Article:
The music business is booming and it’s doing so thanks to streaming. But the tech pioneers who made this possible in the last two years aren’t making any money, and neither, really, are musicians: It’s legacy businesses — the music companies that own the catalogues — that are collecting all the profits. Something has to give.
The Recording Industry Association of America (RIAA) reports that US retail music sales were up 17 per cent year-over-year in the first six months of 2017, to $4 billion. That’s still very far from the industry’s revenues at the height of the compact disc boom in 2000, but it’s spectacular for this decade. Streaming is running behind this achievement: In just two years, it’s grown from 33 per cent to 62 per cent of the market.
Yet the market leader, Spotify, is still unprofitable after posting an operating loss of $412.3 million in 2016. Pandora, another beneficiary of the streaming boom, posted 10 per cent year-over-year revenue growth in the three months to June but dramatically increased its net loss to $125.8 million from $76.3 million. For Tidal, founded by rapper Jay-Z and now part-owned by Sprint, no profit is in sight. It’s unclear how much Apple and Alphabet make from their streaming services because the companies don’t break out these results, but they probably would do so if the services were profitable.
Like at the dawn of streaming, musicians are still complaining that it’s next to impossible to make money from it. The RIAA has calculated that a music creator only earns $1 from 58 hours of streaming video on YouTube — the company most often blamed for the “value gap” that plagues artists. Other industry leaders are more generous, but that’s not saying much. On average, an artist earns $100 for 152,094 streams of a song to Spotify subscribers. That’s dismal; you have to be extremely popular before you can earn enough for food.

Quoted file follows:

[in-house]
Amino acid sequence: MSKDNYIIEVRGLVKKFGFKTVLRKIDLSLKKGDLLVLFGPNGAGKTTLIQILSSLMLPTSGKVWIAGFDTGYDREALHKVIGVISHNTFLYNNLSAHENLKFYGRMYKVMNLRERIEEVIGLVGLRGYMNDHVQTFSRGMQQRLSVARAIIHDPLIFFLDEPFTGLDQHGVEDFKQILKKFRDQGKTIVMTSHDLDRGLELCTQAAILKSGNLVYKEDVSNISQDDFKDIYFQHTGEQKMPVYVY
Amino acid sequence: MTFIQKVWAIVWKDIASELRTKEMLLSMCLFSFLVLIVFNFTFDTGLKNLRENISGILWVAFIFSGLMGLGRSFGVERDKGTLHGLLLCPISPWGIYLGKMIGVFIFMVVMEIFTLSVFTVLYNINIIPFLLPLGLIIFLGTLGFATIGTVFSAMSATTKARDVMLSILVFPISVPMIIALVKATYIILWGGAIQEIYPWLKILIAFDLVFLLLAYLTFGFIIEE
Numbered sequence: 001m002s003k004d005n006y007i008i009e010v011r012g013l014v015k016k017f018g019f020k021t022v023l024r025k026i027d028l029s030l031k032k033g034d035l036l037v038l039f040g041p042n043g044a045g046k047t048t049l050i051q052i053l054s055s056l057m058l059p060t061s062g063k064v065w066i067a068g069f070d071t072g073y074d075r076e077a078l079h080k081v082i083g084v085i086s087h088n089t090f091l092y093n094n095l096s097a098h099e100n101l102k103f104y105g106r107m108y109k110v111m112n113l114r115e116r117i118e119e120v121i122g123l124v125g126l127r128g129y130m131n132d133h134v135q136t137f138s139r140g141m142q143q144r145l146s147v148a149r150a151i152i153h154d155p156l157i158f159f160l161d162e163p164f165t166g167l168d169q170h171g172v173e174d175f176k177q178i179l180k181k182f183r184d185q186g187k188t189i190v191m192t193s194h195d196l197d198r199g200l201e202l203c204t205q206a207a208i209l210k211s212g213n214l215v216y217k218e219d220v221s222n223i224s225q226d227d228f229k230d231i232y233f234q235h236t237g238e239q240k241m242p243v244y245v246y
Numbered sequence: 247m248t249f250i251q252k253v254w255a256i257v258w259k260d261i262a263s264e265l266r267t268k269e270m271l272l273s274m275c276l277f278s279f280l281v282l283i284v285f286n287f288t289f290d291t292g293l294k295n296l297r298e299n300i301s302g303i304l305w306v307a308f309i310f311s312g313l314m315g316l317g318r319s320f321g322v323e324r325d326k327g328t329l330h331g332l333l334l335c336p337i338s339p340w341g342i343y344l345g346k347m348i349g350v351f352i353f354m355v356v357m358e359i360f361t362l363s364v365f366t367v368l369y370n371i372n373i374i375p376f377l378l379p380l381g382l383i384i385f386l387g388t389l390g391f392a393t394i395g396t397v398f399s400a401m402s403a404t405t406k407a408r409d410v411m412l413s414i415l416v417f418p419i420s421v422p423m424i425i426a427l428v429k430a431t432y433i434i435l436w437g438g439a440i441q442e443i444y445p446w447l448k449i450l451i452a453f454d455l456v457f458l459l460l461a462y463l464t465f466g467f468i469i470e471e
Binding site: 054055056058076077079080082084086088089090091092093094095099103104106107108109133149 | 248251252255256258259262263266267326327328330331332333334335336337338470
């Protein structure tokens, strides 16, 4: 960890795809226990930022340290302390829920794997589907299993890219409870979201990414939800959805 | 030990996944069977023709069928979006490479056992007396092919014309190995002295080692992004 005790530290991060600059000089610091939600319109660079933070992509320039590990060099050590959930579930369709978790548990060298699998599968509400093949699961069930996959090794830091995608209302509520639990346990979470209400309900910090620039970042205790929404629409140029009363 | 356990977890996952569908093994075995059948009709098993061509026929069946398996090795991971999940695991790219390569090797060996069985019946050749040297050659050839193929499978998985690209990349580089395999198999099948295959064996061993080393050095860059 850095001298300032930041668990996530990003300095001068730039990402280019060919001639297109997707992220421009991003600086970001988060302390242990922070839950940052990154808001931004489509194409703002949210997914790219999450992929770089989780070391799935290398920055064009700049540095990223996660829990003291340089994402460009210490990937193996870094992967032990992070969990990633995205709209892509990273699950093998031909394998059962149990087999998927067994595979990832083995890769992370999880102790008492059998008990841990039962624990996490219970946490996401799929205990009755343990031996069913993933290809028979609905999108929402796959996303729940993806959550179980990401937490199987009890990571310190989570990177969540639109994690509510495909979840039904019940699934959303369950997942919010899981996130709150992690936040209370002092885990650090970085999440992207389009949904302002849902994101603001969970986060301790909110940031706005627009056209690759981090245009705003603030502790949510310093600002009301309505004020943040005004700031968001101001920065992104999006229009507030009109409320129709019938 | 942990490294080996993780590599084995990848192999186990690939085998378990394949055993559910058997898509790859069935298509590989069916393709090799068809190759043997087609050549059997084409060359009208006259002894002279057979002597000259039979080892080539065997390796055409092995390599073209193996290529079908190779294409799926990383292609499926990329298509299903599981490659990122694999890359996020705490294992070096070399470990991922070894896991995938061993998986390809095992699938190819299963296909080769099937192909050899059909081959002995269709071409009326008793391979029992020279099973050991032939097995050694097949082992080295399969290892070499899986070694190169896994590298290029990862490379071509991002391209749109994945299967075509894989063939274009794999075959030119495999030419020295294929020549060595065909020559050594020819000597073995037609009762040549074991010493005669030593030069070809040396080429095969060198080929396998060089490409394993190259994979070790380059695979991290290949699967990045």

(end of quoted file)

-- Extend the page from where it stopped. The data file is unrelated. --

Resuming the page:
Only the oligopoly of record labels that control the intellectual property — Universal Music Group, Sony Music Entertainment, Warner Music — are reaping profits from the boom. Warner Music posted a record profit in the three months to June; no wonder it now controls one of the world’s top streaming services, Deezer, which once planned to go public. At Sony, music is one of the strongest profit drivers. UMG consistently provides most of the profit of its corporate parent, Vivendi.
In its recent forecast for the music industry, Goldman Sachs predicts that record labels’ share of the music industry’s revenue will increase by 133 per cent between 2015 and 2030, while the share that goes to musicians, venues and tour organisers will only grow by 60 per cent. So the investment bank expects the labels to continue reaping a disproportionate share of the benefits.
It’s unfair. Streaming services don’t just provide the content delivery mechanism the way, say, a CD factory does. They curate the content and, in effect, keep and manage our music collections for us.